Kalila and Dimna

The collection of animal and other stories, generally known under this title (the names of the two protagonists), has enjoyed enormous popularity in the Middle East and subsequently in Western Europe, translated into many different languages. The tales are of Indian origin, and some, derived from a lost Sanskrit original, are to be found in the Pancatantra. In the 6th cent. a translation into Middle Persian was made by Burzoy (Barzaway), a physician at the court of Khusrau I (531–79); this no longer survives, but it was soon translated into Syriac by Bodh, whose translation (edited first by G. Bickell, 1876) is the earliest witness to the cycle of stories in the Middle East. Later on, in the first half of the 9th cent. the Middle Persian text was translated into Arabic by Ibn al-Muqaffaʿ; this too is lost in its original form, but it was the ancestor of all the subsequent forms of the collection, whether in Arabic or in later translations into Syriac, Persian, Greek, Hebrew, and Spanish; from these, yet further translations were made into Western European languages (sometimes under the name ‘Bidpay’ or ‘Pilpay’), as well as into Turkish. Ibn al-Muqaffaʿ’s translation included an autobiography by Burzoy, and an account of his journey to India, sent by Khusrau I. The autobiography is absent from the 6th-cent. Syriac translation, but is to be found at the end of the later Syriac version, made from Arabic; this was perhaps produced in the 10th or 11th cent., by which time the text had been considerably expanded: whereas the older Syriac text contains 10 stories, the later one has 14. A second Syriac translation based on the Arabic was made in the 19th century by the great scholar Toma Audo; this has 15 stories, and lacks the narrative of Burzoy.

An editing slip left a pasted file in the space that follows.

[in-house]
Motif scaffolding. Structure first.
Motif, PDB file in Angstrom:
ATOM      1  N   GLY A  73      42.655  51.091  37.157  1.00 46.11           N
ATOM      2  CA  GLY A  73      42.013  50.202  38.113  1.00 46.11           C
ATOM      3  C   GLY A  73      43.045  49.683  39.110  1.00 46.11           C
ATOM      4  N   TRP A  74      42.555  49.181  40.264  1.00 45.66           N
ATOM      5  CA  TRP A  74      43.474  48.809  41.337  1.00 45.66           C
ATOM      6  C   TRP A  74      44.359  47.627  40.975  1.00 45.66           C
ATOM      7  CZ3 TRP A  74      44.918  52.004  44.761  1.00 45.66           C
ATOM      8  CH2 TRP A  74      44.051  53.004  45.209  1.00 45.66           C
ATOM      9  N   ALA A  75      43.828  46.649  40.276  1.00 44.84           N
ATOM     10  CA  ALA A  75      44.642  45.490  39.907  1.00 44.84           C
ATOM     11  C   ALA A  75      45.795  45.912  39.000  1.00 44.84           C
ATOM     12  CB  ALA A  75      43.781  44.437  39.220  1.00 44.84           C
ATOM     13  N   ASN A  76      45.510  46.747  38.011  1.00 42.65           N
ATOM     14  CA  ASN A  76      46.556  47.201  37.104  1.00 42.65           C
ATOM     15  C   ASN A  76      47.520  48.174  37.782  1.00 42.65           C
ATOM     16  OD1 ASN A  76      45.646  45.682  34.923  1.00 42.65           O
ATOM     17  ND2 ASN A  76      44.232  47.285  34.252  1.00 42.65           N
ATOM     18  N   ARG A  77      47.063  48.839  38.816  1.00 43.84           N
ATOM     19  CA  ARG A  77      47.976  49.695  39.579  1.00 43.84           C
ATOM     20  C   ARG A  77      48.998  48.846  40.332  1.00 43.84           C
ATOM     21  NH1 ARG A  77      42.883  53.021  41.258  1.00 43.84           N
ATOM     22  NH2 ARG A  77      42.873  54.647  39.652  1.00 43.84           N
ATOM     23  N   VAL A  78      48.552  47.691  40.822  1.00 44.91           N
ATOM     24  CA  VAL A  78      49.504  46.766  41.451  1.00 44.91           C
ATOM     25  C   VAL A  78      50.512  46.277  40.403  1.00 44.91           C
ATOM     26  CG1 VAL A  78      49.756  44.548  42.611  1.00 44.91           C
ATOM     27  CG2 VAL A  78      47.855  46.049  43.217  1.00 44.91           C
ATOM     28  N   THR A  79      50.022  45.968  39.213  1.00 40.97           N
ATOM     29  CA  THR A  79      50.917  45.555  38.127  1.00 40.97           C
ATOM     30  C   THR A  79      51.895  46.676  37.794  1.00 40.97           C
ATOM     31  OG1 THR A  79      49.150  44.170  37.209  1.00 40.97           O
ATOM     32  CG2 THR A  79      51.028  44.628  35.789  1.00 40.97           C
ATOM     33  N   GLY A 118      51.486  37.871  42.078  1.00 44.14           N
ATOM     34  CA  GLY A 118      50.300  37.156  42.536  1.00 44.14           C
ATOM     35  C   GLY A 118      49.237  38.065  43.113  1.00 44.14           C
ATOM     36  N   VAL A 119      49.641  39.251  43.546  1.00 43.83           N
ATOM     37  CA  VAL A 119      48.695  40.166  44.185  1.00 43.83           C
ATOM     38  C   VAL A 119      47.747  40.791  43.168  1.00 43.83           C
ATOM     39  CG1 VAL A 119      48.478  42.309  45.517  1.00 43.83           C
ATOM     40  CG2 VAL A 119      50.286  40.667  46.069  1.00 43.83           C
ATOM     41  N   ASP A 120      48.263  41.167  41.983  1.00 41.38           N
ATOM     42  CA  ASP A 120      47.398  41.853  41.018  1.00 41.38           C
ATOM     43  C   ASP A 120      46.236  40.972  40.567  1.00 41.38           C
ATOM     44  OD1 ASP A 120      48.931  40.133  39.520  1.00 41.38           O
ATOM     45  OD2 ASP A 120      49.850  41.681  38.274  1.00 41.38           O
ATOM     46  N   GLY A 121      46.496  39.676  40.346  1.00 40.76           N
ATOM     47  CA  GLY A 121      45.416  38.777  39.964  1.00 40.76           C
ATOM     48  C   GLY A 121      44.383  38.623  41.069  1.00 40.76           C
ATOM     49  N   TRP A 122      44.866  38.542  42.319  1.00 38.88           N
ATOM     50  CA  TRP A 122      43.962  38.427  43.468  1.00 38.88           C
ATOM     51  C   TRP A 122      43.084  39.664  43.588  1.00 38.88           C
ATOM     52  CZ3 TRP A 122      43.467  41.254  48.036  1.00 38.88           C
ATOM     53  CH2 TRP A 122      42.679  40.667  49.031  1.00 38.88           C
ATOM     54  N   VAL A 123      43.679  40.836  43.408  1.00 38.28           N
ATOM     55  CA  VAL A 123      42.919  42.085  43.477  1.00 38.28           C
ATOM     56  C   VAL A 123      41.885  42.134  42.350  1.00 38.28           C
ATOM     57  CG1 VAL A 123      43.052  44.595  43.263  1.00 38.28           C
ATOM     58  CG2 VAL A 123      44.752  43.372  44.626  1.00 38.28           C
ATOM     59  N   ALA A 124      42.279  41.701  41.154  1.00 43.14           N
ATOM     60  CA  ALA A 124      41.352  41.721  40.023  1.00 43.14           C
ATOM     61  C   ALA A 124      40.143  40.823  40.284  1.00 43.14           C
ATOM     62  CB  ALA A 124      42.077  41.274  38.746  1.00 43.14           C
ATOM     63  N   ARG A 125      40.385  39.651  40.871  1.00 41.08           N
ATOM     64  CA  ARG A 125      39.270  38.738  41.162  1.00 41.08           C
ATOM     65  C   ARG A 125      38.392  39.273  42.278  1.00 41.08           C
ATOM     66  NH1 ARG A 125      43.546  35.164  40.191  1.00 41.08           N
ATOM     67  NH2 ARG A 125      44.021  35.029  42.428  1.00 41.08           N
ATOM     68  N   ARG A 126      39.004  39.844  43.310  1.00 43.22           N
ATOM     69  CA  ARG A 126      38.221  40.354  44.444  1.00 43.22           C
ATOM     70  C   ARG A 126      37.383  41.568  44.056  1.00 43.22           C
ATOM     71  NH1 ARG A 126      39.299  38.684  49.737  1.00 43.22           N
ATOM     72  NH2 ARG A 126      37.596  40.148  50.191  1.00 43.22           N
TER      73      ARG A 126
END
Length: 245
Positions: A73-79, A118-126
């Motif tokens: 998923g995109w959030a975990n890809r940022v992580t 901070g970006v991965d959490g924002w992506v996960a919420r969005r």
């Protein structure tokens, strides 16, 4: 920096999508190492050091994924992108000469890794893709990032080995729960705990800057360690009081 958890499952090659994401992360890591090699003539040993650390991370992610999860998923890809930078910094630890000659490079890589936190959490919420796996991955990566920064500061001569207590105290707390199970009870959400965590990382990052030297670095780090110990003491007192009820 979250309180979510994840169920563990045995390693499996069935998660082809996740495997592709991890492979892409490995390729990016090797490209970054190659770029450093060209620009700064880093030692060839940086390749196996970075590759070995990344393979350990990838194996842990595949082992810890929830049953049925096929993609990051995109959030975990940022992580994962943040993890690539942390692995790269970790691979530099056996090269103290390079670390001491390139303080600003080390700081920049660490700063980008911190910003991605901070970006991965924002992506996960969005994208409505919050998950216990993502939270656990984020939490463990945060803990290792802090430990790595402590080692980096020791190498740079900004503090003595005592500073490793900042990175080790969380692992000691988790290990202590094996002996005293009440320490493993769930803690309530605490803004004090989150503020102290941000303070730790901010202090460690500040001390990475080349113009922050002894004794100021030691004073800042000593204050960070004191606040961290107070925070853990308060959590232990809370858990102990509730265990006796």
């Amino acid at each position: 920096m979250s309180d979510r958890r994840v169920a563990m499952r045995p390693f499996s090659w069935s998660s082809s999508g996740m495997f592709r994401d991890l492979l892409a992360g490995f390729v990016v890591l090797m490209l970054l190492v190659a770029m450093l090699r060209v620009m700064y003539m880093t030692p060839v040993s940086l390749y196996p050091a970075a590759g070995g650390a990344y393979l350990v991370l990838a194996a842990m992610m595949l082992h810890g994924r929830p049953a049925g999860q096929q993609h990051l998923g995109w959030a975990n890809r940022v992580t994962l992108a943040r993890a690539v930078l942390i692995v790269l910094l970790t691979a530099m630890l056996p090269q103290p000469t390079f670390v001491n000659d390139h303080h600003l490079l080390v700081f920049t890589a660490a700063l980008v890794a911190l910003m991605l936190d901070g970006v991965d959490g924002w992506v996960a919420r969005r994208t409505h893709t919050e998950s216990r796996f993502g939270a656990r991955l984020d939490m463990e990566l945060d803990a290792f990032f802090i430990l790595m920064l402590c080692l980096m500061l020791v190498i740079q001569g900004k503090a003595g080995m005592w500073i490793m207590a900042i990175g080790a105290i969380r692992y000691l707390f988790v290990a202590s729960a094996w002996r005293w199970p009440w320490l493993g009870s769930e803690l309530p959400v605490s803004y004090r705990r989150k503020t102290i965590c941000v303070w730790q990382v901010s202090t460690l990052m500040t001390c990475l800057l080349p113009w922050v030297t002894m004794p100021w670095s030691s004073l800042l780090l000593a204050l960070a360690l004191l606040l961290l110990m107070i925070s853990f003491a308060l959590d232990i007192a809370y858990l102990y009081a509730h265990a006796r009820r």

Primary Sources

    • T.  Audo, Ktaba d-Kalila w-Dimna (1895; repr. Glane/Losser, 1989). (Second translation from Arabic)
    • I. G. N.  Keith-Falconer, Kalilah and Dimnah, or the Fables of Bidpai (1885). (ET of Wright)
    • F. Schulthess, Kalila und Dimna. Syrisch und Deutsch (2 vols.; 1911). (Translation from Middle Persian)
    • W. Wright, The Book of Kalilah and Dimnah translated from Arabic into Syriac (1884). (Translation from Arabic)

    Secondary Sources

    • C. Brockelmann, in EI 2, vol. 4 (1978), 503–6.
    • F. de Blois, Burzoy’s Voyage to India and the origin of the Book of Kalilah wa-Dimnah (1990).
    • F. Rundgren, ‘From Pancatantra to Stephanites and Ichnelates: some notes on the Old Syriac translation of Kalila wa-Dimna’, in Leimon. Studies presented to L. Rydén, ed. J. O.  Rosenqvist (1996), 167–80.


How to Cite This Entry

Sebastian P. Brock, “Kalila and Dimna,” in Gorgias Encyclopedic Dictionary of the Syriac Heritage: Electronic Edition, edited by Sebastian P. Brock, Aaron M. Butts, George A. Kiraz and Lucas Van Rompay, https://gedsh.bethmardutho.org/Kalila-and-Dimna.

Footnote Style Citation with Date:

Sebastian P. Brock, “Kalila and Dimna,” in Gorgias Encyclopedic Dictionary of the Syriac Heritage: Electronic Edition, edited by Sebastian P. Brock, Aaron M. Butts, George A. Kiraz and Lucas Van Rompay (Gorgias Press, 2011; online ed. Beth Mardutho, 2018), https://gedsh.bethmardutho.org/Kalila-and-Dimna.

Bibliography Entry Citation:

Brock, Sebastian P. “Kalila and Dimna.” In Gorgias Encyclopedic Dictionary of the Syriac Heritage: Electronic Edition. Edited by Sebastian P. Brock, Aaron M. Butts, George A. Kiraz and Lucas Van Rompay. Digital edition prepared by David Michelson, Ute Possekel, and Daniel L. Schwartz. Gorgias Press, 2011; online ed. Beth Mardutho, 2018. https://gedsh.bethmardutho.org/Kalila-and-Dimna.

A TEI-XML record with complete metadata is available at https://gedsh.bethmardutho.org/Kalila-and-Dimna/tei.

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